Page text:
FDA approves Medtronic device for sealing off deeper, smaller brain aneurysms

Migraine headache/epilepsy brain image
The new indication includes small or medium aneurysms, through to the end of the brain's carotid artery. (CC0 Creative Commons)

Medtronic has received approval of an expanded indication from the FDA for its Pipeline Flex embolization device, for patients with smaller aneurysms found deeper in the brain.

The system was previously approved for endovascular treatment with large or giant, wide-necked intracranial aneurysms, located in the internal carotid artery from the petrous to the superior hypophyseal segments.

The new indication includes patients with small or medium brain aneurysms, from the petrous through to the terminus of the internal carotid artery, in parent blood vessels measuring between 2 mm and 5 mm in diameter.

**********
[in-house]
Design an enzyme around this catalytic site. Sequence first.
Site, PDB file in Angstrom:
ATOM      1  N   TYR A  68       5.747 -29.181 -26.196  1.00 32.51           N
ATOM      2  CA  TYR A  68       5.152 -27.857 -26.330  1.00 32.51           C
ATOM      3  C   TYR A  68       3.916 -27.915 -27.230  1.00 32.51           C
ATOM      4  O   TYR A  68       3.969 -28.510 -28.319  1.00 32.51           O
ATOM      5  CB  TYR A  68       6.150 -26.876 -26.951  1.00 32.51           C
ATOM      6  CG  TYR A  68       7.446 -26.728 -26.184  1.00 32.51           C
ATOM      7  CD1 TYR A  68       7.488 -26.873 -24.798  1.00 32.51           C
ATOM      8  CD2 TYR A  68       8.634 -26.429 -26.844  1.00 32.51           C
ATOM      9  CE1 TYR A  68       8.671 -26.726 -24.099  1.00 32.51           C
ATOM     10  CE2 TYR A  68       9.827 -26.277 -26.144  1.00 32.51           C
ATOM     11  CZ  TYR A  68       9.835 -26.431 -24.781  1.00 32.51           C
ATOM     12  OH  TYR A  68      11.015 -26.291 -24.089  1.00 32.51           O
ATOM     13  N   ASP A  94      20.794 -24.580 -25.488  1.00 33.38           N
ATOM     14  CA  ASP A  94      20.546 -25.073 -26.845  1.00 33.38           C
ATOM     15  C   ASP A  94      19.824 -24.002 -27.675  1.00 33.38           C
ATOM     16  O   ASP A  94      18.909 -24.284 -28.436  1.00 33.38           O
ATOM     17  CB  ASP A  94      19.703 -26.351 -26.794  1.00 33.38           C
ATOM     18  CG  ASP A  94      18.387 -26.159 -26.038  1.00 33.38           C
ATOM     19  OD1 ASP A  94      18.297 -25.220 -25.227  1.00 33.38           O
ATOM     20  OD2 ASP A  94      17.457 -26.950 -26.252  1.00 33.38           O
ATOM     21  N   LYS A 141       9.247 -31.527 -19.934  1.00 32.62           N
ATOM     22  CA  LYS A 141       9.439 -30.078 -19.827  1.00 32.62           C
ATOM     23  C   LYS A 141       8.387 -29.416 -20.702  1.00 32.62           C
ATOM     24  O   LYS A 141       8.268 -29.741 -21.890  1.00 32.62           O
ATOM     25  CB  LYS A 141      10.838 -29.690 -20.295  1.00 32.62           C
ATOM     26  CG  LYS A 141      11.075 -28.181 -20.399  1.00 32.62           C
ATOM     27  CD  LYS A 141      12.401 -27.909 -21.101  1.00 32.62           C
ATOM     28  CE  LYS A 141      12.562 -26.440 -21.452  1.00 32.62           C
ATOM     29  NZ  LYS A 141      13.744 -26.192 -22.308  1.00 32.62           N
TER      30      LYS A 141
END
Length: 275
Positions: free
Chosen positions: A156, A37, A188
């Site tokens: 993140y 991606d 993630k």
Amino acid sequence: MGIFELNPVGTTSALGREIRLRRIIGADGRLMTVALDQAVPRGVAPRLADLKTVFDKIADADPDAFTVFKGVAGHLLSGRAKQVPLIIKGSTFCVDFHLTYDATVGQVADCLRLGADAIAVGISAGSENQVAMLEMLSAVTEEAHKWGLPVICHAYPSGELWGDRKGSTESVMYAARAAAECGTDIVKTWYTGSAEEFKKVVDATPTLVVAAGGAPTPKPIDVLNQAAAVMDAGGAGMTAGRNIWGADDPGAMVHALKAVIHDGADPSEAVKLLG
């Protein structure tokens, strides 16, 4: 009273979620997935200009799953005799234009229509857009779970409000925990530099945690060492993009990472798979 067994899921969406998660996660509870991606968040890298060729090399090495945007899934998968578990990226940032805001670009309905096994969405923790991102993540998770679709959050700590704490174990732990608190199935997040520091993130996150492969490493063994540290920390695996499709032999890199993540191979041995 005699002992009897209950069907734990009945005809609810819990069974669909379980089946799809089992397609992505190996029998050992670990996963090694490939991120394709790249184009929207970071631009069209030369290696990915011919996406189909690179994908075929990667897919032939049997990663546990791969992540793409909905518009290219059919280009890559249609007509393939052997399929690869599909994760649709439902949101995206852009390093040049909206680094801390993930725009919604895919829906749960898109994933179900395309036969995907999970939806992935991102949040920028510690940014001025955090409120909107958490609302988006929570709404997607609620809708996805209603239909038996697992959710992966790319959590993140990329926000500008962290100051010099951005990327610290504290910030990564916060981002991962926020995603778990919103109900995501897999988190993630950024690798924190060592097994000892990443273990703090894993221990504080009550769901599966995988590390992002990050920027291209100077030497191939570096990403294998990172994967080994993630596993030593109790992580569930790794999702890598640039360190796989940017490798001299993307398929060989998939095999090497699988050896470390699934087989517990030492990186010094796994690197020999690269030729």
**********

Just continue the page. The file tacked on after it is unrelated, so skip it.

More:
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The device is designed to divert blood away from an aneurysm, using a braided, cylindrical mesh tube implanted across the base of the aneurysm, to help reconstruct the damaged section of the blood vessel.

Medtronic's Pipeline Flex system

RELATED: Using genomics and machine learning to predict aneurysm risk

Its approval was based on a clinical study of 141 patients with an average aneurysm size of 5 millimeters. The study’s one-year occlusion rate reached 76.7%, with a 2.2% occurrence of major stroke or neurological death.

The device was originally approved after a five-year study of large or giant aneurysms, demonstrating efficacy rates from 70.8% at one year, to 95% after five years, with no documented cases of recurrence, according to Medtronic.

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